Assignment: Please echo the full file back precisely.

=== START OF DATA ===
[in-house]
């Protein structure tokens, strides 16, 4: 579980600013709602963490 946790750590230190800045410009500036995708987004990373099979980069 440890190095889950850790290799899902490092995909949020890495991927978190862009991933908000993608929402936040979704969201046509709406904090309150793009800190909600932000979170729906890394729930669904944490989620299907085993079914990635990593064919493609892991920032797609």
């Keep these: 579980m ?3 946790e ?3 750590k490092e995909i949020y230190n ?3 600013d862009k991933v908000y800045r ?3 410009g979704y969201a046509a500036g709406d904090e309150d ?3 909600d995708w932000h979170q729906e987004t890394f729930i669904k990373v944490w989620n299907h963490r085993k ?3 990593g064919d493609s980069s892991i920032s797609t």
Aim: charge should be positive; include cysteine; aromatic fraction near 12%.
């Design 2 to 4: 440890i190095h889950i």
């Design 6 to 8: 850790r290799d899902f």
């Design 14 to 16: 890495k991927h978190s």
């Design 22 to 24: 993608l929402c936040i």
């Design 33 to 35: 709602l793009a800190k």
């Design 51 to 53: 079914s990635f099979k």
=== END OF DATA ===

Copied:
[in-house]
């Protein structure tokens, strides 16, 4: 579980600013709602963490 946790750590230190800045410009500036995708987004990373099979980069 440890190095889950850790290799899902490092995909949020890495991927978190862009991933908000993608929402936040979704969201046509709406904090309150793009800190909600932000979170729906890394729930669904944490989620299907085993079914990635990593064919493609892991920032797609």
């Keep these: 579980m ?3 946790e ?3 750590k490092e995909i949020y230190n ?3 600013d862009k991933v908000y800045r ?3 410009g979704y969201a046509a500036g709406d904090e309150d ?3 909600d995708w932000h979170q729906e987004t890394f729930i669904k990373v944490w989620n299907h963490r085993k ?3 990593g064919d493609s980069s892991i920032s797609t």
Aim: charge should be positive; include cysteine; aromatic fraction near 12%.
């Design 2 to 4: 440890i190095h889950i």
């Design 6 to 8: 850790r290799d899902f």
């Design 14 to 16: 890495k991927h978190s």
């Design 22 to 24: 993608l929402c936040i």
């Design 33 to 35: 709602l793009a800190k």
């Design 51 to 53: 079914s990635f099979k």